The May 1849 timetable shows that Beal was served by the ‘stopping trains’ that called at each of the intermediate stations:


Up trains: weekdays

Destination

Down trains: weekdays

Destination

7.32am

Newcastle

9.26am

Berwick

11.02am

Newcastle

4.05pm

Berwick

5.47pm

Newcastle

6.18pm

Berwick

-

-

9.20pm

Berwick

Up trains: Sunday

Destination

Down trains: Sunday

Destination

7.17am

Newcastle

9.40am

Berwick

5.32pm

Newcastle

8.40pm

Berwick

From 1854 the East Coast main line became part of the expanding North Eastern Railway empire, and this company provided the following service at Beal in February 1863:


Up trains: weekdays

Destination

Down trains: weekdays

Destination

6.36am

Newcastle

8.10am #

Berwick

12.11pm

Newcastle

9.16am

Berwick

5.41pm

Newcastle

11.38am

Berwick

-

-

3.58pm

Berwick

-

-

9.12pm

Berwick

Up trains: Sunday

Destination

Down trains: Sunday

Destination

6.46am

Newcastle

8.10am #

Berwick

-

-

8.43pm

Berwick

It will be noted that a ‘limited stop’ train calls each morning in the down direction. Beal became established as one of the more important wayside stations because of its role in serving Holy Island, and for this reason it outlived most of the other stations between Newcastle and Berwick. In 1911 NER statistics showed that it served a population of 2,143 and issued 10,683 tickets – somewhat more than other wayside stations on the route, but a modest quantity in comparison to many of the NER’s stations. Two years later the goods statistics indicate that roadstone and barley were the principal traffic, together with 485 wagons of livestock which were dispatched from the station. In 1904 the RCH Handbook of stations showed that the full normal range of goods traffic could be handled at Beal. The 1912-13 winter timetable shows a passenger service at irregular intervals, with extra trains on Saturday:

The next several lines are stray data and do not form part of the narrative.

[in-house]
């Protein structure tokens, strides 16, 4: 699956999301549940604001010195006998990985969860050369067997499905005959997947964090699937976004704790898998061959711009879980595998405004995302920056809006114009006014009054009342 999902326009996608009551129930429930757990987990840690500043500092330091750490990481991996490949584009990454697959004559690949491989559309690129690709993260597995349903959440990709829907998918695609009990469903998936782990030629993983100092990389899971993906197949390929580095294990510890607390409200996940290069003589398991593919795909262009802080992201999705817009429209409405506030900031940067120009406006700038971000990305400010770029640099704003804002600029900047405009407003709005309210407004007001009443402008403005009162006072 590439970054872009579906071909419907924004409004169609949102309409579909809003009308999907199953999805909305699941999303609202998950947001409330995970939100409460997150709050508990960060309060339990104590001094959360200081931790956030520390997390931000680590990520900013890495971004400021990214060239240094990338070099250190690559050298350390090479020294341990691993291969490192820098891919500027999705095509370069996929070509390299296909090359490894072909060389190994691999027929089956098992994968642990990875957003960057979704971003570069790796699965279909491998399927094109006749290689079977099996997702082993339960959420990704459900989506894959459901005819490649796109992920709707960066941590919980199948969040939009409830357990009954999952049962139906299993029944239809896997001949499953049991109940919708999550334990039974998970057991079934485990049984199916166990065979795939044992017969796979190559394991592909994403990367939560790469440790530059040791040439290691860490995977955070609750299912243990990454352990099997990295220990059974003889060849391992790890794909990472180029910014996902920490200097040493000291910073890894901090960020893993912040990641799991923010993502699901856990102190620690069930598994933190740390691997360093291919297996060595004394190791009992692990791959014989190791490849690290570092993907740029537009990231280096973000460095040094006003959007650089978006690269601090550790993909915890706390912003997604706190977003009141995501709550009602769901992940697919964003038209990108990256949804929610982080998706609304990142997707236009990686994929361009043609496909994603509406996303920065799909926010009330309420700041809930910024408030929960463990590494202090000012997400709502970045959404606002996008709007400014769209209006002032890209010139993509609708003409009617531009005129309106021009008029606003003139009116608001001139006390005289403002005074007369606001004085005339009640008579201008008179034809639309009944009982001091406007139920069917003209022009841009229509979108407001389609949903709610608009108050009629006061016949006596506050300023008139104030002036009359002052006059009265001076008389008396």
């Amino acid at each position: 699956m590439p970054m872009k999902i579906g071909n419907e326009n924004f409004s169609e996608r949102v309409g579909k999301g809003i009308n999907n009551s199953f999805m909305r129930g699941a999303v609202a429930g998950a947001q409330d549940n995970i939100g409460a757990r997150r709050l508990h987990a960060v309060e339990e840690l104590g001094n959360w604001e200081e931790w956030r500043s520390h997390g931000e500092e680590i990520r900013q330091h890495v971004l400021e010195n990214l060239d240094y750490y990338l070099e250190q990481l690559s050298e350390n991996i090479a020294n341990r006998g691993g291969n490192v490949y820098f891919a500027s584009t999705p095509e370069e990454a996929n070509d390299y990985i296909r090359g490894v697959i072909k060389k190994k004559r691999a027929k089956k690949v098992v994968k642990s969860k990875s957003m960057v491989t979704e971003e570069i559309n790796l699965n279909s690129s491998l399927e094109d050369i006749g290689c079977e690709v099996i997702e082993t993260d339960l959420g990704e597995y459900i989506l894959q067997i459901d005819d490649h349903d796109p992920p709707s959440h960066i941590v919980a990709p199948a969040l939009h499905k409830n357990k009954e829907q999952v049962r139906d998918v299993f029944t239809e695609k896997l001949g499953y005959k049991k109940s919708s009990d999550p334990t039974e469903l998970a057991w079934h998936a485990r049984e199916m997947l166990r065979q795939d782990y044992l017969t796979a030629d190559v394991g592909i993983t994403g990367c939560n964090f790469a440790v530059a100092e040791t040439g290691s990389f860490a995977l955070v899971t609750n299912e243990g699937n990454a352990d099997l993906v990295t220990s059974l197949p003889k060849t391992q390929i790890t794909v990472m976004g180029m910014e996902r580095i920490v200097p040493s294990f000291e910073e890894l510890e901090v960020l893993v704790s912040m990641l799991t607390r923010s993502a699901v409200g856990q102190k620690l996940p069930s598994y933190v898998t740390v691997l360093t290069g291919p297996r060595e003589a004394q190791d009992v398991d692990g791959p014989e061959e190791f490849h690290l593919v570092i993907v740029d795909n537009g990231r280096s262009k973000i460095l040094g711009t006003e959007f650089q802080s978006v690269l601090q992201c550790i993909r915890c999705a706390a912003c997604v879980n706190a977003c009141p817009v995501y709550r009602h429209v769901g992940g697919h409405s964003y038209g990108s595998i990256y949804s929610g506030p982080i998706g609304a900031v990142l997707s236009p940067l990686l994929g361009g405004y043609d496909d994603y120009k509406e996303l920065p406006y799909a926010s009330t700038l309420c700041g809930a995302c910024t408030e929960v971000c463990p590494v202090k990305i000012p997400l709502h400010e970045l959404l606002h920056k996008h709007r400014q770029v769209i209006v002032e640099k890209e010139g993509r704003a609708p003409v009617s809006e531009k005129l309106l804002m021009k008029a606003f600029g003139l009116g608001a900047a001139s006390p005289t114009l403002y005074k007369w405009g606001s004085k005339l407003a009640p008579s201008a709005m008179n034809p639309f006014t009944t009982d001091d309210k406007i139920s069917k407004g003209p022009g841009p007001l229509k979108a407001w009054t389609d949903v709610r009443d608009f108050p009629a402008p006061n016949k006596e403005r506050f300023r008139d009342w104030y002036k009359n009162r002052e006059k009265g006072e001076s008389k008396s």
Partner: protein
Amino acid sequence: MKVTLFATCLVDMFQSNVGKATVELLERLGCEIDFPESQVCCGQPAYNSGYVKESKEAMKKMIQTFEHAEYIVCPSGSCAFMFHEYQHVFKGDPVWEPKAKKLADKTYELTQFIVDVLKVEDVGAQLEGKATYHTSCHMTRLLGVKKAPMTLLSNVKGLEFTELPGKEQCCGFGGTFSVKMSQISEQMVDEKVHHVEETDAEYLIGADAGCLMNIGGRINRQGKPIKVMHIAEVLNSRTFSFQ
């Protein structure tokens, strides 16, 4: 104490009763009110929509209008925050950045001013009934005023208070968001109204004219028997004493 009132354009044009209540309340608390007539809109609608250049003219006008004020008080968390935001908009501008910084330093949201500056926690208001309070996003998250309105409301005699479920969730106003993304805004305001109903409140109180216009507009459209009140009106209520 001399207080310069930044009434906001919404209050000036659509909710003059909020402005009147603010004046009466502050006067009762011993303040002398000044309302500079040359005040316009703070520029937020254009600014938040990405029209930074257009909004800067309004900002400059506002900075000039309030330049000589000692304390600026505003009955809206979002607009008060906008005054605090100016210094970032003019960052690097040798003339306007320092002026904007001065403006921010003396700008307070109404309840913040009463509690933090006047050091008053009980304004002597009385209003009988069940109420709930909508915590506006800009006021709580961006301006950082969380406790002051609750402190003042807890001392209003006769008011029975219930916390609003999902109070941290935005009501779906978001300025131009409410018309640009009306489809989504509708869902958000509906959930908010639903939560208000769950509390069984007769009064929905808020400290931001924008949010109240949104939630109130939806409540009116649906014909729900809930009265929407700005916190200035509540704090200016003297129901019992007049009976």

Up trains: weekdays

Destination

Down trains: weekdays

Destination

7.04am

Alnwick

8.17am

Berwick

7.52am

Alnwick

11.00am #

Edinburgh

9.34am

Alnwick

11.07am ¶

Berwick

11.12am

Alnwick

1.06pm

Berwick

1.52pm

Alnmouth

2.10pm (Sat only)

Berwick

2.36pm (Sat only)

Alnmouth

4.11pm

Berwick

3.53pm (Sat only)

Alnmouth

5.49pm (Sat only)

Berwick

5.39pm

Alnmouth

9.41pm

Berwick

8.27pm

Newcastle

-

-

Up trains: Sunday

Destination

Down trains: Sunday

Destination

6.40am

Newcastle

8.07am #

Berwick

6.12pm

Newcastle

10.31am

Berwick

 

 

12.19pm #

Berwick

 

 

9.02pm

Berwick

# Limited stop train            ¶ Arrives at Beal 10.38am